BENGALURU/MUMBAI--India lost contact with a spacecraft it was trying to land on the moon on Saturday, its space agency said, in a setback for the nation's ambitious plans to become the first country to probe the unexplored lunar south pole.
The lander of the Chandrayaan-2 moon mission was attempting a "soft," or controlled, landing near the south pole of the moon where scientists believe there could be water ice. Communication was lost just as it was about to touch down.
"Data is being analysed," K Sivan, chairman of the Indian Space Research Organisation (ISRO), told distraught scientists at the agency's tracking centre in Bengaluru.
The Indian designed spacecraft, which had been orbiting the moon, began descending to the lunar surface at about 2007 GMT but scientists lost contact with it during the penultimate stage of the descent. A live broadcast from ISRO, India's equivalent of NASA, showed scientists grow tense and the floor fall silent as the control station struggled to get a signal from the lander.
"There are ups and downs in life ... What you have accomplished is no small achievement," Prime Minister Narendra Modi, who was present at the ISRO centre, told scientists after being briefed by Sivan.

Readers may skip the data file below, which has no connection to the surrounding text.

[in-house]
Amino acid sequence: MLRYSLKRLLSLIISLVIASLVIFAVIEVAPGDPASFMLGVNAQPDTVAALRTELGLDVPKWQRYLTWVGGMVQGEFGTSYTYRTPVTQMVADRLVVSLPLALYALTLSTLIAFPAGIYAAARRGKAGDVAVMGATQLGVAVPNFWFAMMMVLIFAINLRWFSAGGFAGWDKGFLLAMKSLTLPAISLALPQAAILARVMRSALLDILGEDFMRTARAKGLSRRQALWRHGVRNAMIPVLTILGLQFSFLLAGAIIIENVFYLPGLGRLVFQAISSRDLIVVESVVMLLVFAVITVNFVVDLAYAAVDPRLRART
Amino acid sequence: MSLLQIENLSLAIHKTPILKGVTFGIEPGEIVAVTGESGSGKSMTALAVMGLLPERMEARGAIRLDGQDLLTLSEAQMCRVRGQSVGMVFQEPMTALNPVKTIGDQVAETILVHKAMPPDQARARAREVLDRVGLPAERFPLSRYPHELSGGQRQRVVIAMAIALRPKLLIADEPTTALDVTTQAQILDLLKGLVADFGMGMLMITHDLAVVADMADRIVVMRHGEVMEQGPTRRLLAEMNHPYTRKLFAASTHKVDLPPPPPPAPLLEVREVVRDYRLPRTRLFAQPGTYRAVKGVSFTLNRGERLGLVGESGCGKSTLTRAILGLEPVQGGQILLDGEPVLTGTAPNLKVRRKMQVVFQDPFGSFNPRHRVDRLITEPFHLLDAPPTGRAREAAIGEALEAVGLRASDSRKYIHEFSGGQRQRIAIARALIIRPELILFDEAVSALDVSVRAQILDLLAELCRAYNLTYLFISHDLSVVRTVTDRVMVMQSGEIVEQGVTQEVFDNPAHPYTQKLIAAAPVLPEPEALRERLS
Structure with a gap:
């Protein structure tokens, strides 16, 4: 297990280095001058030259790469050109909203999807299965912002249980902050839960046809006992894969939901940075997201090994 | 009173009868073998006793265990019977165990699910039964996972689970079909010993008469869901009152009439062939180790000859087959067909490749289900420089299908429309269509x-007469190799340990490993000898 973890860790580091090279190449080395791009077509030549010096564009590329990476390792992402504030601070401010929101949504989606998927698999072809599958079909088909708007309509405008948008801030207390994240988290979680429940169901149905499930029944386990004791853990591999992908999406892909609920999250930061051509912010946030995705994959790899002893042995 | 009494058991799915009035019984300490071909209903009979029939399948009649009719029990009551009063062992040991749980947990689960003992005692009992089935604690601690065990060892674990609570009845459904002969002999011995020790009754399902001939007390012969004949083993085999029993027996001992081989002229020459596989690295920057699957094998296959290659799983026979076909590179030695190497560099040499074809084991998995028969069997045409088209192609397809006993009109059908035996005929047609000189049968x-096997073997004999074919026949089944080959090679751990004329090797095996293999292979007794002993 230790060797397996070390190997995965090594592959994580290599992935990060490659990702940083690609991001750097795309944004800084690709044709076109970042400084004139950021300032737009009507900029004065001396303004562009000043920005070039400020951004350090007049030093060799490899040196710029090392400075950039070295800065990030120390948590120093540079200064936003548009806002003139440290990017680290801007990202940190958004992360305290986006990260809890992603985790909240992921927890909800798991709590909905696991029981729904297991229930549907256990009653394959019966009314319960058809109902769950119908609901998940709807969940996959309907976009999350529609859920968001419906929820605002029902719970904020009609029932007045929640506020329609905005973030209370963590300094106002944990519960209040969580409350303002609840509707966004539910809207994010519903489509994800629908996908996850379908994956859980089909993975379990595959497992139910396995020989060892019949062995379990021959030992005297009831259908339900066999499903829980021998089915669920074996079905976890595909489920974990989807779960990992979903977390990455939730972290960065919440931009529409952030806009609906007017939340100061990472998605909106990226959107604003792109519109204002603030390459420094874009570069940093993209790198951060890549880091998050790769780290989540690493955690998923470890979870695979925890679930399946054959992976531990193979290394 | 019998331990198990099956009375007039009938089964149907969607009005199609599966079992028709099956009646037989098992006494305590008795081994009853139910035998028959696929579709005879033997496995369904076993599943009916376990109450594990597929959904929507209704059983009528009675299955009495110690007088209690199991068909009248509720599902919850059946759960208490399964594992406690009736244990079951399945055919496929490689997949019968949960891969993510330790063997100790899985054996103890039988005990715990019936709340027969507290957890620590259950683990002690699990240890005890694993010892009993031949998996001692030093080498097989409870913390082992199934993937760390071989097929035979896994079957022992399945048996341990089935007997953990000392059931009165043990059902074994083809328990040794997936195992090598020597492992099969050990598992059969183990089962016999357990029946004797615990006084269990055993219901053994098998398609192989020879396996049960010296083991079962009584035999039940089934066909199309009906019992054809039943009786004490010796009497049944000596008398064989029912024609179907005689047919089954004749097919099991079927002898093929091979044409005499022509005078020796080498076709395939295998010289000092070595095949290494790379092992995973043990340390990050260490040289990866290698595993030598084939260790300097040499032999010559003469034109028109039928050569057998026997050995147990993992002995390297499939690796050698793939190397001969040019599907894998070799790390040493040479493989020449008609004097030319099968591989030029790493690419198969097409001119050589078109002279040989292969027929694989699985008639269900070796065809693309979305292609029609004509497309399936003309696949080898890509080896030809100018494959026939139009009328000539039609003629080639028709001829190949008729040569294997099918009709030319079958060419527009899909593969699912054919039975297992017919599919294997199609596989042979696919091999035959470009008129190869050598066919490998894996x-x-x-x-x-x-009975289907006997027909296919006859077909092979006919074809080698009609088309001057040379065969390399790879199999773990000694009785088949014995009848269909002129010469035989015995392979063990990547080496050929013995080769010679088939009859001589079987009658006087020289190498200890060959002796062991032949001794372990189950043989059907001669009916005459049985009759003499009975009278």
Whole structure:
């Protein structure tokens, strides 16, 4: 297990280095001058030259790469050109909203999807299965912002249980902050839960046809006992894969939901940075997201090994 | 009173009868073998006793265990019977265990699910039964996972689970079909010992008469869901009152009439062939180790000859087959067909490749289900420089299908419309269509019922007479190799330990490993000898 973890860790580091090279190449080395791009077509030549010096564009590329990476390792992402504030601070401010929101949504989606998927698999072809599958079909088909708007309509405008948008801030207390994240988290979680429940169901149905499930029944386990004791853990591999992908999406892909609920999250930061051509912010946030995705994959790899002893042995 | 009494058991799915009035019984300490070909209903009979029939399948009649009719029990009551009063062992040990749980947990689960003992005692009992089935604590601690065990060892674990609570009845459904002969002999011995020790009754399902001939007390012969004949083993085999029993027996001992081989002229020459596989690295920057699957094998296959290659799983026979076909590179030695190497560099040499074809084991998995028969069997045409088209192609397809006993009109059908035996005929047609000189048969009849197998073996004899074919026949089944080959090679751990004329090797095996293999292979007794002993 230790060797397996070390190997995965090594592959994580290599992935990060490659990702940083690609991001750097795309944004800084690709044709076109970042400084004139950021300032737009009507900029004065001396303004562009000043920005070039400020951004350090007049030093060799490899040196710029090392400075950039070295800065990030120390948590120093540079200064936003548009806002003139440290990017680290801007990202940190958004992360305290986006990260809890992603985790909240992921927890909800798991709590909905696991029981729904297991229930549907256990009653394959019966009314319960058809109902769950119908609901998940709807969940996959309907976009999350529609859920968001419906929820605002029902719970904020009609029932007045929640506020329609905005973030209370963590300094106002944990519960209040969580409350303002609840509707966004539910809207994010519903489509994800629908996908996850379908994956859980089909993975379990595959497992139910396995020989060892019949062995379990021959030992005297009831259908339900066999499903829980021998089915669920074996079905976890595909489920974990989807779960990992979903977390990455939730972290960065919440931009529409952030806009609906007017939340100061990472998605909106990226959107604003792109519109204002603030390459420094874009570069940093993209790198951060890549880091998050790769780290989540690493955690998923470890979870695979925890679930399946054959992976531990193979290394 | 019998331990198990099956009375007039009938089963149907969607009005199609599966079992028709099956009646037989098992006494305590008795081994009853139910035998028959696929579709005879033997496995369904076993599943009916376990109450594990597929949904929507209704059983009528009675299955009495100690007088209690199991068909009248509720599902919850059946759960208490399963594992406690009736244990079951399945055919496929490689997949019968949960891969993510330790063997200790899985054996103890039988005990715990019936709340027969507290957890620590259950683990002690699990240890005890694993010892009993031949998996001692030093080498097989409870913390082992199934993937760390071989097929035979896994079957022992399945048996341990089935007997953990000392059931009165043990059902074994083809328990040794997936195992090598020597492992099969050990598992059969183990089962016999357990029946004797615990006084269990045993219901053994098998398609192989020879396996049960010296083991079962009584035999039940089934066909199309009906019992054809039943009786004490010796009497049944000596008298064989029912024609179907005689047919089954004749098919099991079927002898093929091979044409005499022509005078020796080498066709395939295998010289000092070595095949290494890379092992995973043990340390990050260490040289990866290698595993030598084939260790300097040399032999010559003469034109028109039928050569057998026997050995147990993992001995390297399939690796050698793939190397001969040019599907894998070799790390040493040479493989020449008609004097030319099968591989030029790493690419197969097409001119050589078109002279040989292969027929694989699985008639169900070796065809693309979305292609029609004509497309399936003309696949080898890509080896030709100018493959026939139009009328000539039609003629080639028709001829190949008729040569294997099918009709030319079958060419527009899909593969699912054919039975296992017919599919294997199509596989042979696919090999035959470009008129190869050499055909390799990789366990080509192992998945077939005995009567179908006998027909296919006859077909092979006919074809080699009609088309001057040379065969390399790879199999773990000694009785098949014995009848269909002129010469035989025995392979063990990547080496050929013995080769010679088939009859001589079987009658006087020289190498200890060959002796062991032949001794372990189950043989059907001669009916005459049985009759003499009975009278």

ISRO has not commented further, but Modi hinted in an address to the nation that the lander might have travelled at a higher-than-expected speed and crash landed on the moon. "If historians some day write about today's incident, they will certainly say that inspired by our romantic description of the moon throughout life, Chandrayaan, in the last leg of the journey, rushed to embrace the moon," he said.
"I can proudly say that the effort was worth it and so was the journey," Modi added.
In an emotional moment broadcast on TV channels, Modi embraced and consoled a visibly heart-broken Sivan. "We are full of confidence that when it comes to our space programme, the best is yet to come," Modi said.
Sivan had earlier described the final moments of the landing mission as "15 minutes of terror," due to the complexities involved with lunar gravity, terrain and dust. Only the United States, Russia and China have landed on the moon. Beijing's Chang'e-4 probe touched down on the far side this year, while Israel made an unsuccessful attempt to land its Beresheet spacecraft on the moon in April.